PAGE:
In October the new edition of the Highway Code was finally published. This contains the changes from the draft laid before Parliament that we and many others petitioned about, and for which much work was done behind the scenes by MPs and organisations such as CTC. Although from the cyclist’s perspective it is far from ideal, it is a major improvement over that in the draft.
The previous published edition had a Rule 47:
Use cycle routes when practicable. They can make your journey safer.
The new edition replaces this with Rule 61:
Cycle Routes and Other Facilities: Use cycle routes, advanced stop lines, cycle boxes and toucan crossings unless at the time it is unsafe to do so. Use of these facilities is not compulsory and will depend on your experience and skills, but they can make your journey safer.
Similar changes have been made to Rule 63 about cycle lanes.
The draft of Rule 63 in this new edition used the word ‘possible’ rather than ‘practicable’ as in the earlier published draft. I thought this was a huge step backwards. It is ‘possible’ to drive from Exeter to Southampton almost entirely on motorways, but no one in their right mind would consider it ‘practicable’ as it is well over 100 miles further to use the M5, M4, M25 and M3 rather than the direct A30 and A36. However, this was changed back to ‘practicable’ after much lobbying.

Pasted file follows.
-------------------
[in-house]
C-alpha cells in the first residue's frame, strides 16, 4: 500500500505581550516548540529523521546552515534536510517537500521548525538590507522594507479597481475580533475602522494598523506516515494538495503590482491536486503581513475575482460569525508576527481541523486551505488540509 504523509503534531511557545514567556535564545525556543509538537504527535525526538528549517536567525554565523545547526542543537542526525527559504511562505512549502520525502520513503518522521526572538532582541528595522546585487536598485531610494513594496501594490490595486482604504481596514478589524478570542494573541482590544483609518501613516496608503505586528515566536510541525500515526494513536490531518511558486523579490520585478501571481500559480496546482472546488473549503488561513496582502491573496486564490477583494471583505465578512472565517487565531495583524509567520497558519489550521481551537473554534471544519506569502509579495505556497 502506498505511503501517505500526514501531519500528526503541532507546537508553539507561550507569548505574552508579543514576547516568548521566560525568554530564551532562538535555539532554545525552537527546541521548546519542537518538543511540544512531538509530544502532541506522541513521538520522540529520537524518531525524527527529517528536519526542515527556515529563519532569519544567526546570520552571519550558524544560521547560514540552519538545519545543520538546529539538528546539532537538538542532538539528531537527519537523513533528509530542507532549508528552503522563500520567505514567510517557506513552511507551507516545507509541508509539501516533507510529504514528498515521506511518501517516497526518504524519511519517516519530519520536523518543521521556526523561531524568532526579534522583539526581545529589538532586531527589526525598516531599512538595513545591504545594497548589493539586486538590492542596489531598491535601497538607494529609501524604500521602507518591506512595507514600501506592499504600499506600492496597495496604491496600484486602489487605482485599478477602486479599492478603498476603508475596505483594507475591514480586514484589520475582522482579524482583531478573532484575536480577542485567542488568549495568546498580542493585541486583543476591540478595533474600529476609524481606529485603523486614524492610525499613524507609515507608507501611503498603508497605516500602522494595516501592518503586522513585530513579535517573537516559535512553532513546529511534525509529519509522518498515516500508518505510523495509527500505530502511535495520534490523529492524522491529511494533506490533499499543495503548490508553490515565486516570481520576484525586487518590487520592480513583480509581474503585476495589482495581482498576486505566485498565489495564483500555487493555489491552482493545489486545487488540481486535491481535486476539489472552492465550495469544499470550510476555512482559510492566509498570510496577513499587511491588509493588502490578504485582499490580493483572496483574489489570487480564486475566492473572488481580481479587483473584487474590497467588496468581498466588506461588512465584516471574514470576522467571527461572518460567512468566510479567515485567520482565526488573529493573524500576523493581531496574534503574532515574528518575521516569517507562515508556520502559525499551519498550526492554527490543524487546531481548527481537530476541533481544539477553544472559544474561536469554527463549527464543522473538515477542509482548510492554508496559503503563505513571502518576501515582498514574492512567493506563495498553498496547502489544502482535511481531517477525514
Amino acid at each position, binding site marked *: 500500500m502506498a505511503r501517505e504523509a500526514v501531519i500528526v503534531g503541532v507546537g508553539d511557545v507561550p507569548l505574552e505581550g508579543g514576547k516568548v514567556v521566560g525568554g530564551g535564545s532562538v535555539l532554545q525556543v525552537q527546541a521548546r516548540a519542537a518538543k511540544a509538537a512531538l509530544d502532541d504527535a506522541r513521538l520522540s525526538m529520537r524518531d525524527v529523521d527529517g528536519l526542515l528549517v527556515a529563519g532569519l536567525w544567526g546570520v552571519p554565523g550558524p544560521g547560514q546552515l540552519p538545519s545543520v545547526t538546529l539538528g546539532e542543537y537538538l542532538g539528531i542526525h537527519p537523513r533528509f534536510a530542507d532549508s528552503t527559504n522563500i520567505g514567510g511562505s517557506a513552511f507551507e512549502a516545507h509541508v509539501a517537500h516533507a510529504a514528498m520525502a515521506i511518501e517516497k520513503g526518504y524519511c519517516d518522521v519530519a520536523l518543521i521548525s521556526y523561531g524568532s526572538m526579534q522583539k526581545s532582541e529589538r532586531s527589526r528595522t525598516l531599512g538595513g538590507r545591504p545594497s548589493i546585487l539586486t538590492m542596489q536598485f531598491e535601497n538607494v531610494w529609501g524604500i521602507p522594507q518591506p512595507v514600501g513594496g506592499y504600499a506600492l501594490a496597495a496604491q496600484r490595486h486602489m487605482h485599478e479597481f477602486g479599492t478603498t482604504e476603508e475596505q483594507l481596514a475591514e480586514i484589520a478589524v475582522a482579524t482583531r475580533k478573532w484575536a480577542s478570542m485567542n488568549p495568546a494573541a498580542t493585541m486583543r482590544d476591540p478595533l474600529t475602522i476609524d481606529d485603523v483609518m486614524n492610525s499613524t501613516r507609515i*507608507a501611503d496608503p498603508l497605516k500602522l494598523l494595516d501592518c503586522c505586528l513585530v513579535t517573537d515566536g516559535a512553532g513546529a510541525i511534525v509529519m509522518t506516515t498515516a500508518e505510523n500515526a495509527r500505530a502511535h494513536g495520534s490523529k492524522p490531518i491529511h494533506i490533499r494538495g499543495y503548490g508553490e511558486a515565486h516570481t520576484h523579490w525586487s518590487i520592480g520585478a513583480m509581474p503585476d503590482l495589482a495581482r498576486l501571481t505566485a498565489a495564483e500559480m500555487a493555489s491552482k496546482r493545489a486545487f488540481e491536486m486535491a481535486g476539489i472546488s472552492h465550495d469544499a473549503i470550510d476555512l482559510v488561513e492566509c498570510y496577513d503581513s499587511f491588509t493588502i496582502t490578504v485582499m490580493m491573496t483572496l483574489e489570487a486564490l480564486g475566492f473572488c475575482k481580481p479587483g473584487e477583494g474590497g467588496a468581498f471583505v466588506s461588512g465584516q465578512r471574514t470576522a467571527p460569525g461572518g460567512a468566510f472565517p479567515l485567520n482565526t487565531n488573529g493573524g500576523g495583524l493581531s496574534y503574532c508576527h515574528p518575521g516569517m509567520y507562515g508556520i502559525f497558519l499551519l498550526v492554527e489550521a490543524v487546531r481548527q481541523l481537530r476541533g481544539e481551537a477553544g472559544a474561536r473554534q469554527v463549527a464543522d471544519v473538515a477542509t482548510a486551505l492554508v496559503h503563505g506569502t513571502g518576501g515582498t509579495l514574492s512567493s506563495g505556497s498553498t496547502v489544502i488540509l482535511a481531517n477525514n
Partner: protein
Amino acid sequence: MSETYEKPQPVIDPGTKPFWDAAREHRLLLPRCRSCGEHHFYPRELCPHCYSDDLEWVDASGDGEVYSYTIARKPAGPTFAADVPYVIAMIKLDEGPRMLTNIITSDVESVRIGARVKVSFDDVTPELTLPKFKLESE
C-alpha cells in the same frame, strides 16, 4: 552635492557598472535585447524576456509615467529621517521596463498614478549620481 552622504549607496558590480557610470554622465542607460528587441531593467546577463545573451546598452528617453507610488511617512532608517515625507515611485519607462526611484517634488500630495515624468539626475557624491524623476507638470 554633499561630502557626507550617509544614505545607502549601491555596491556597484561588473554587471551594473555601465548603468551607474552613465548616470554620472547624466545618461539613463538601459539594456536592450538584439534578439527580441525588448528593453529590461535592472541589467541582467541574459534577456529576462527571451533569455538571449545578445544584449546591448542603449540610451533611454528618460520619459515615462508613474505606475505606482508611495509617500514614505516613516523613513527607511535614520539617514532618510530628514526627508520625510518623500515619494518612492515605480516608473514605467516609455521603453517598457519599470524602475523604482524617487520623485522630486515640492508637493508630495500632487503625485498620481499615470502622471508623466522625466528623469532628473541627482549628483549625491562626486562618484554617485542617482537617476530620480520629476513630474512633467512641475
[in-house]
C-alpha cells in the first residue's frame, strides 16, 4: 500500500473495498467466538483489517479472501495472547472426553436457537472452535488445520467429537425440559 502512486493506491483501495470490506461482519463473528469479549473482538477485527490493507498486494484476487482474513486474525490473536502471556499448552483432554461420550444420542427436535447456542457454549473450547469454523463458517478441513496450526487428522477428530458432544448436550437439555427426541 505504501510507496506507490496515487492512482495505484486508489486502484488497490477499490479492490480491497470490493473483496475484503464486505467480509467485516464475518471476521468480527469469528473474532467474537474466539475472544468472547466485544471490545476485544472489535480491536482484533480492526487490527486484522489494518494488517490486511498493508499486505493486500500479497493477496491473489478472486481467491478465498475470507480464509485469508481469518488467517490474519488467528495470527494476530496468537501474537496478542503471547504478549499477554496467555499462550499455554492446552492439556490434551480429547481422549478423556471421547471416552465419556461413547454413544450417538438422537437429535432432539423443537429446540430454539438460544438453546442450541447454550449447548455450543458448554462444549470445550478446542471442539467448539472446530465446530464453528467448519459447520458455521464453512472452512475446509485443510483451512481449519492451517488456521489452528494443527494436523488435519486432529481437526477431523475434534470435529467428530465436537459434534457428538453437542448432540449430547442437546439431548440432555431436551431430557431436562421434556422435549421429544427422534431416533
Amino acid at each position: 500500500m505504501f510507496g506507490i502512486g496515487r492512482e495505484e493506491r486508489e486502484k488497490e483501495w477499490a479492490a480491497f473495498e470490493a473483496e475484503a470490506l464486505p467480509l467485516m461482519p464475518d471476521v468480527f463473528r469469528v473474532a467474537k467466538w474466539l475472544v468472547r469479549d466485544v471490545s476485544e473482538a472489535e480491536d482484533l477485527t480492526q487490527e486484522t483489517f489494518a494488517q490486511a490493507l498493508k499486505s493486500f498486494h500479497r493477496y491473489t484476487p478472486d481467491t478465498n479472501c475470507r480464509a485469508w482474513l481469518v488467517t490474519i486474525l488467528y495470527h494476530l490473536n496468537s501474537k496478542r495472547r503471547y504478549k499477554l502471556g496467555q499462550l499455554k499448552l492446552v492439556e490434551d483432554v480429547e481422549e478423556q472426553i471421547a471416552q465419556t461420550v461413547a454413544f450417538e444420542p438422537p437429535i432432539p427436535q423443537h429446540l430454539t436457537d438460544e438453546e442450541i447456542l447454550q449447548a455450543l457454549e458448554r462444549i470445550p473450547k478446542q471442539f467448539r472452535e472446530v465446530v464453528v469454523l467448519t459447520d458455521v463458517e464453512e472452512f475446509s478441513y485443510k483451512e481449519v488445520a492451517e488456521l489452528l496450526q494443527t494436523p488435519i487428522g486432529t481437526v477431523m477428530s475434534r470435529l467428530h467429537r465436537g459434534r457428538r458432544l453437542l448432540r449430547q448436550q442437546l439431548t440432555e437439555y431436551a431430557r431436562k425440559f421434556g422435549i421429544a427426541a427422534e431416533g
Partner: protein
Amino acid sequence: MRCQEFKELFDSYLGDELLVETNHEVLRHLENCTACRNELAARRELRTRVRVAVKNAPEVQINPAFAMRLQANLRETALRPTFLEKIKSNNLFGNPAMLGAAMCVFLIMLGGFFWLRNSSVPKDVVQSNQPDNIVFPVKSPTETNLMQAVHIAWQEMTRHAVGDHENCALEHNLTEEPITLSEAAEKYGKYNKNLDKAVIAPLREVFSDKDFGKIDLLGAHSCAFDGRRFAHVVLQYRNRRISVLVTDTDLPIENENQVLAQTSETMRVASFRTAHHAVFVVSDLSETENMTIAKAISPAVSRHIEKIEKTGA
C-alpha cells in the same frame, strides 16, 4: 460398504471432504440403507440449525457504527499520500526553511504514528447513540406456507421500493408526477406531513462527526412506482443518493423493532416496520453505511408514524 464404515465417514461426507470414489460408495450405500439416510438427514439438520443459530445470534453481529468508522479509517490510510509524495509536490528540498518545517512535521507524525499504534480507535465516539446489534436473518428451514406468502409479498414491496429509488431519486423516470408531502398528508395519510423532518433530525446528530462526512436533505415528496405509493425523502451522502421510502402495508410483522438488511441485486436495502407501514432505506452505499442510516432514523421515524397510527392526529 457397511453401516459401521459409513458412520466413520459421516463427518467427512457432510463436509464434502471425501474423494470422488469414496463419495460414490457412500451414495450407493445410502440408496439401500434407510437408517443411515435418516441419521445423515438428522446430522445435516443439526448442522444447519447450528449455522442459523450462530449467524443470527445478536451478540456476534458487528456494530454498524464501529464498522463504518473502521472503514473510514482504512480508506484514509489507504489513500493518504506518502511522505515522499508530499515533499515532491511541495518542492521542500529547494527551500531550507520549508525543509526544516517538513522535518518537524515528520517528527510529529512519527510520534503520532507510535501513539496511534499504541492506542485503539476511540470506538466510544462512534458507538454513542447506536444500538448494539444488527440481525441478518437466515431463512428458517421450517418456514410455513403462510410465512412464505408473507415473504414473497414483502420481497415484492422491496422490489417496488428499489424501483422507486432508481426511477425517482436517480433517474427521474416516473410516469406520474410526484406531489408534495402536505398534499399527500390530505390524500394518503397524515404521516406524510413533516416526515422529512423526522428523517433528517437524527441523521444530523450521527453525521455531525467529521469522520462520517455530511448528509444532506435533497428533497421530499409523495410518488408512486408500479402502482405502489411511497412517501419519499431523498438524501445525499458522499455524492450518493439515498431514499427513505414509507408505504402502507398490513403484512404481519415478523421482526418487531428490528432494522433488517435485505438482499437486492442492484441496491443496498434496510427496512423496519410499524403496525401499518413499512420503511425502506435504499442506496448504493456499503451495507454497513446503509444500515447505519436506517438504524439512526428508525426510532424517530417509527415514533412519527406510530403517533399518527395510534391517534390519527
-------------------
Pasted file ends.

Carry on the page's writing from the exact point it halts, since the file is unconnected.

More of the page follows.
So have we taken two steps backward and one step forwards? I don’t think so. At least it should now be clear to all but the most bigoted motorist, that the use of cycle facilities is not compulsory. Unfortunately it is highly likely that it is just those bigoted few who will fail to read the Highway Code.
It could be up to ten years before the Highway Code has another major revision. Let us ensure that the next revision is far more favourable to all classes of vulnerable users, and that motorists are told they have to be more responsible when driving their lethal weapons.
You can buy your new edition for only £2.50 at all good bookshops or you can see it at direct.gov.uk/Highwaycode